Smoking in enclosed public places will be banned in England from 1 July next year, the government has announced.
The government says 600,000 people will quit as a result
The ban covers virtually all enclosed public places including offices, factories, pubs and bars, but not outdoors or in private homes.
It follows similar bans in the Irish Republic and Scotland - a ban in Wales starts on 2 April.
Ministers say it will protect everyone from passive smoking, but opponents say the total ban is "draconian".
From 1 July pubs and restaurants will have to display prominent "no smoking" signs around their premises.
Health Secretary Patricia Hewitt said the ban was a "huge step forward" which would save thousands of people's lives.
The cost of implementing the ban has been estimated at about £50m.
Ms Hewitt said the ban would protect everyone from second-hand smoke, while making it easier for smokers to quit.
"The scientific and medical evidence is clear - second-hand smoke kills, causing a range of serious medical conditions including lung cancer, heart disease, and sudden infant death syndrome," she said.
"This legislation will help to prevent the unnecessary deaths caused every year from second-hand smoke, and recognises that there is absolutely no safe level of exposure."
Irish Republic: March 2004
Scotland: March 2006
Northern Ireland: April 2007
Wales: April 2007
England: July 2007
The government predicts about 600,000 people will give up smoking as a result of the law change.
The news was welcomed by health campaigners. Dame Helena Shovelton, chief executive of the British Lung Foundation, said: "This is a victory for all those of us who have campaigned so vigorously to improve public health."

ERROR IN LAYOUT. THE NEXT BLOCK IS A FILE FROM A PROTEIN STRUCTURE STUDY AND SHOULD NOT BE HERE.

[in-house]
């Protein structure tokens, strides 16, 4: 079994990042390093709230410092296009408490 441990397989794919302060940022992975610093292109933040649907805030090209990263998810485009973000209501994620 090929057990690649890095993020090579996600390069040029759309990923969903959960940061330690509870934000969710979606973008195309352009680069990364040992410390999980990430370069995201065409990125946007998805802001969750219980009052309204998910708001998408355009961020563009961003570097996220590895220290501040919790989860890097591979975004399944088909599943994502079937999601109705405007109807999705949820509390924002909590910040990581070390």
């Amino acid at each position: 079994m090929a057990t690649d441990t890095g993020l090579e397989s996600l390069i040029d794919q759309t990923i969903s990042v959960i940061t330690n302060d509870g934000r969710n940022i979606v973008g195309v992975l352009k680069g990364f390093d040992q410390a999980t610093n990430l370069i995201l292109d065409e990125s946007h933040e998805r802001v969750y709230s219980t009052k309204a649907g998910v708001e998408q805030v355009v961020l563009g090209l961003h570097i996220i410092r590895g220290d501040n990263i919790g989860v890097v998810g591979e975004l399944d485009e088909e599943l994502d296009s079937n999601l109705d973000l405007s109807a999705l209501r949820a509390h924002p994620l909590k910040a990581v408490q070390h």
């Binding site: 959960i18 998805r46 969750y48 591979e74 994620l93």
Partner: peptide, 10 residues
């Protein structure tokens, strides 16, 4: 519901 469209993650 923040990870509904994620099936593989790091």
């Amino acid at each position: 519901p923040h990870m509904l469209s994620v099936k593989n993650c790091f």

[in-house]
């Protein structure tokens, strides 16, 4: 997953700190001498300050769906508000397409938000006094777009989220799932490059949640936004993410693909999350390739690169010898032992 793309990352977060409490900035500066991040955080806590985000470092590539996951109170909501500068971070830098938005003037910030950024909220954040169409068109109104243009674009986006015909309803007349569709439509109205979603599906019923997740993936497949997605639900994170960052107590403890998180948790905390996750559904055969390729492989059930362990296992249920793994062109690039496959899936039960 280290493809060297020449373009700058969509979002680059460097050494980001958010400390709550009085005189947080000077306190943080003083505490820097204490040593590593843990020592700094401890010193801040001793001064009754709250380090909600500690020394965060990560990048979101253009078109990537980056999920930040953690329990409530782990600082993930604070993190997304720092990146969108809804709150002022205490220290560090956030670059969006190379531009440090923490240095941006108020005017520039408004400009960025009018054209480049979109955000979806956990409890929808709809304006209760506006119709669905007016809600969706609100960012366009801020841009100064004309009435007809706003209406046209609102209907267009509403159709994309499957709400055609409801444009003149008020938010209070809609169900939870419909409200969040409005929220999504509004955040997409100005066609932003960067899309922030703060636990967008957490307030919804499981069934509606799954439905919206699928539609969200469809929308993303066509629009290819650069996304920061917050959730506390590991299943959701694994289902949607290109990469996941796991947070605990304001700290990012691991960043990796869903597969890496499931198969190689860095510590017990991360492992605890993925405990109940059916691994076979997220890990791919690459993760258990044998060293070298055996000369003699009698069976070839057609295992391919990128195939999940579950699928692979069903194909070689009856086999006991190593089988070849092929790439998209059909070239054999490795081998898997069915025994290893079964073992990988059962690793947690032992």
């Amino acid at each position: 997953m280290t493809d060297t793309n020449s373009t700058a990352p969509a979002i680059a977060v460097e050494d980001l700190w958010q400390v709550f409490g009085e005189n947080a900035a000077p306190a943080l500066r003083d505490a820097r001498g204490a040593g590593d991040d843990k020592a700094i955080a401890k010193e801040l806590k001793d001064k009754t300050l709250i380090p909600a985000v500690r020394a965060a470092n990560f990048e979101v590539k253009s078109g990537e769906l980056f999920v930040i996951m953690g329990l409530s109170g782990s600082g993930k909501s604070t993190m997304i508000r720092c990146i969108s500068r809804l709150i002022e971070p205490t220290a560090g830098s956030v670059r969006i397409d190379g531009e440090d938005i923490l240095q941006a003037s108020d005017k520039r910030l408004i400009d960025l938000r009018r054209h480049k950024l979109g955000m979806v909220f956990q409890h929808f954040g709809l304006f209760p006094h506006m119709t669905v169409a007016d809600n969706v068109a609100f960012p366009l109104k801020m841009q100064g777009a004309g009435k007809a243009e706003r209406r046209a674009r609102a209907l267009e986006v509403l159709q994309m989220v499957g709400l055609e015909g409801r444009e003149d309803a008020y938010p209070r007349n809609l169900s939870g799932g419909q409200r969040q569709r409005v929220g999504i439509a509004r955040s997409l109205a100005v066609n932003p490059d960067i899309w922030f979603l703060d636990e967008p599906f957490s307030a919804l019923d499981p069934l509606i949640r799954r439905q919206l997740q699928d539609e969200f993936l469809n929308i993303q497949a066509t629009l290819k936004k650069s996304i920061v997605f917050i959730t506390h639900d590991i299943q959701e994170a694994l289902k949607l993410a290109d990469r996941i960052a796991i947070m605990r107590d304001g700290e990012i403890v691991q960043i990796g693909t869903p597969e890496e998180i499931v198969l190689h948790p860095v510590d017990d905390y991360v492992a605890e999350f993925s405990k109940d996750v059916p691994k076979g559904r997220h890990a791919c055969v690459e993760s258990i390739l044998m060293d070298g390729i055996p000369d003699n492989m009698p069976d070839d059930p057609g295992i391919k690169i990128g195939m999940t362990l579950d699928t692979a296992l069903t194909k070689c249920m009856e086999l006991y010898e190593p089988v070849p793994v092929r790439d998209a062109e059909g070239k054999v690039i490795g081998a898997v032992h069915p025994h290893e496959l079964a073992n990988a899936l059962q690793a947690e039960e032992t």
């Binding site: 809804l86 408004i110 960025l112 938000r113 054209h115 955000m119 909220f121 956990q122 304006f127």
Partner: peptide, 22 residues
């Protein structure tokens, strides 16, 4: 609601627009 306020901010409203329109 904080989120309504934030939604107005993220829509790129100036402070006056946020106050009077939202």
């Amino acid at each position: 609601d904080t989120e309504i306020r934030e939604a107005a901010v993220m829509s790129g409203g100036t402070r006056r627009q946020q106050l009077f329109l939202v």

She said it would reduce the death toll linked to smoking and that tens of thousands of people with lung disease would once again be able to visit pubs and restaurants.
Cancer Research UK chief, Prof Alex Markham, said 1 July would be an "historic day".
"Making workplaces and enclosed public places smoke free will bring about some of the most significant health improvements the country has seen in decades," he said.
British Beer and Pub Association boss, Rob Hayward, welcomed the announcement, saying it gave businesses "greater clarity" and would allow them to prepare their customers for the changes.
The Cabinet originally proposed prohibiting smoking only in pubs serving food, in line with Labour's election manifesto - but MPs eventually backed a total ban in enclosed public spaces in a free vote.
Simon Clark, director of the smokers' lobby group Forest, said that decision had been "draconian".
"From July next year it will not only be illegal to smoke in every pub, club and bar in the country, it will also be impossible to set up a private club run by smokers for smokers," he said.
"That's an amazing state of affairs but typical of a government that seems determined to interfere in every aspect of our daily lives."
The health secretary is also launching a Smokefree England campaign, to advise England's 3.7m businesses to prepare for the ban.